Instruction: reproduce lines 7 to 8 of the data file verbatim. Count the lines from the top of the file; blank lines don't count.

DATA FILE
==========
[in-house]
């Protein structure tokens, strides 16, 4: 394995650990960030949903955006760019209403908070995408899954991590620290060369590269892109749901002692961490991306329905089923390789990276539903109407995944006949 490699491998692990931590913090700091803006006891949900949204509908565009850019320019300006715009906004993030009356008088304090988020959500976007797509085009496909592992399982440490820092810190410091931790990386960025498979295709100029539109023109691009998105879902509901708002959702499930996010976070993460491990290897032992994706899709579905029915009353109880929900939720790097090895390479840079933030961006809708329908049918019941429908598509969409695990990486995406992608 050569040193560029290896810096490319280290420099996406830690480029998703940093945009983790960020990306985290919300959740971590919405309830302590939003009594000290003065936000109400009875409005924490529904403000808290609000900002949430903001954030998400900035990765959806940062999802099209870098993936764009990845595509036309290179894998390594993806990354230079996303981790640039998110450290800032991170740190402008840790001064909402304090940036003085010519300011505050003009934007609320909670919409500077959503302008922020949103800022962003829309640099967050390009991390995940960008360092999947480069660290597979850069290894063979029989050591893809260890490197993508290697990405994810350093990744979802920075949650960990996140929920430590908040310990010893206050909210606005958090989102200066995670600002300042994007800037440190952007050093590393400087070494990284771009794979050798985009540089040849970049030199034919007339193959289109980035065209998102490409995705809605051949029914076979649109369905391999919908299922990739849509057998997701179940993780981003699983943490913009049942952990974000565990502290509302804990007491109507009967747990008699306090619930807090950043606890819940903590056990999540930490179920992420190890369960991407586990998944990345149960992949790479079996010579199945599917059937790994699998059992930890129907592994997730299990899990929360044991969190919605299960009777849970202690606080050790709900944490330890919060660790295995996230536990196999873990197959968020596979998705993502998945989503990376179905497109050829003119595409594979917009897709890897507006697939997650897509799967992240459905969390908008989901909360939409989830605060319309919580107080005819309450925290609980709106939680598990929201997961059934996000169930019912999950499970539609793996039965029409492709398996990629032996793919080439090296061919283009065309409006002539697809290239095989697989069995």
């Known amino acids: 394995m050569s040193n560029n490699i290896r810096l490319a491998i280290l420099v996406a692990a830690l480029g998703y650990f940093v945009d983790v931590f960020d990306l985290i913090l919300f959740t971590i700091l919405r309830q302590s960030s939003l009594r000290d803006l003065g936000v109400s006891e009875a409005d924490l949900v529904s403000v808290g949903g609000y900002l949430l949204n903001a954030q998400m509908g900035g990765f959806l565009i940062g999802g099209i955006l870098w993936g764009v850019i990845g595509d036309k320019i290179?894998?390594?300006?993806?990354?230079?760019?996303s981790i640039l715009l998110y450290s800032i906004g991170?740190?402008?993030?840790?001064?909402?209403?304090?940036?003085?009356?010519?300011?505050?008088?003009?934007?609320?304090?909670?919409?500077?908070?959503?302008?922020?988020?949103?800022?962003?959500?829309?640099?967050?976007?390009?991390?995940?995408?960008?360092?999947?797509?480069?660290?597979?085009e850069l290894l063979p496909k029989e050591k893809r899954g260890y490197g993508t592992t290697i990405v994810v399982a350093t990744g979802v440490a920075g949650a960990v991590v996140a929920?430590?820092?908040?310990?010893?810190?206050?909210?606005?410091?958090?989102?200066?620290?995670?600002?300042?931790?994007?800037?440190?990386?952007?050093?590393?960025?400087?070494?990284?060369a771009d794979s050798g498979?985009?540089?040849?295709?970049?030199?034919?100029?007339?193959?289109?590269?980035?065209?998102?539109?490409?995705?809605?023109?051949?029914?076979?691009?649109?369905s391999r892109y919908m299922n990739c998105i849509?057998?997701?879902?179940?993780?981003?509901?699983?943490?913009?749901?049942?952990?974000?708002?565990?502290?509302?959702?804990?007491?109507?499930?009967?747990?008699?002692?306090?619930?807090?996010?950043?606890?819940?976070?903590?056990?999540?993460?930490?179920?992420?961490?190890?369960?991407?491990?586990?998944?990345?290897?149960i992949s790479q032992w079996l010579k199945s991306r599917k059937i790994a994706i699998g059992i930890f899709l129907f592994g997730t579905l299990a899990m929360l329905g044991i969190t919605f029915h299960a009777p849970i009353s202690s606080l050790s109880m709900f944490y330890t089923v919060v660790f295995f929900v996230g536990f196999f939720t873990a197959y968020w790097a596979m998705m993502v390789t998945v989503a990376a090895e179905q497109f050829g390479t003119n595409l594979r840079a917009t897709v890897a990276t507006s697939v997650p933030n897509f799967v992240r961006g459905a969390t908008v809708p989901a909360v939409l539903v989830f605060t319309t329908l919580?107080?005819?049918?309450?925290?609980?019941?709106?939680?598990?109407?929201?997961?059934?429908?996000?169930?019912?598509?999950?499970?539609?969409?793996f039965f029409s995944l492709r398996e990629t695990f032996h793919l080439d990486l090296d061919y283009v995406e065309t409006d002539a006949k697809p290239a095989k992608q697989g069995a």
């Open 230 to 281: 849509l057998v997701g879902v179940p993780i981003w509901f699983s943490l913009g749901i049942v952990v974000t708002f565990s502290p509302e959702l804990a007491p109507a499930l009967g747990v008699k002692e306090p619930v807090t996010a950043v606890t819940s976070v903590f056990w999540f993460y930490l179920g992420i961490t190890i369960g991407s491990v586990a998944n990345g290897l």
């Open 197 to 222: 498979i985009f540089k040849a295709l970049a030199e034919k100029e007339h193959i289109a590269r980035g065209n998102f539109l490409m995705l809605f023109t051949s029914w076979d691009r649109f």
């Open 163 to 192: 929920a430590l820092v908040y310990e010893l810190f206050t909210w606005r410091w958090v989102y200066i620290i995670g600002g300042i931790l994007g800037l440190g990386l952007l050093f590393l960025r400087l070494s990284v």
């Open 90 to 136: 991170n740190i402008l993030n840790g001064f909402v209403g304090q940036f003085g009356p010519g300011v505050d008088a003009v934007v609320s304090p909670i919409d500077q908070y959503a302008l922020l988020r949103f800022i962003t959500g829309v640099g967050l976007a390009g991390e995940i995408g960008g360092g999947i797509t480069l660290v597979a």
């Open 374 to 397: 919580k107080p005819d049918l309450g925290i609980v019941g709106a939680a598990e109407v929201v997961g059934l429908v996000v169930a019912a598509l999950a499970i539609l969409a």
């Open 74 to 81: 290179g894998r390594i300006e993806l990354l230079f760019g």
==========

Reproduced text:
């Open 90 to 136: 991170n740190i402008l993030n840790g001064f909402v209403g304090q940036f003085g009356p010519g300011v505050d008088a003009v934007v609320s304090p909670i919409d500077q908070y959503a302008l922020l988020r949103f800022i962003t959500g829309v640099g967050l976007a390009g991390e995940i995408g960008g360092g999947i797509t480069l660290v597979a």
């Open 374 to 397: 919580k107080p005819d049918l309450g925290i609980v019941g709106a939680a598990e109407v929201v997961g059934l429908v996000v169930a019912a598509l999950a499970i539609l969409a």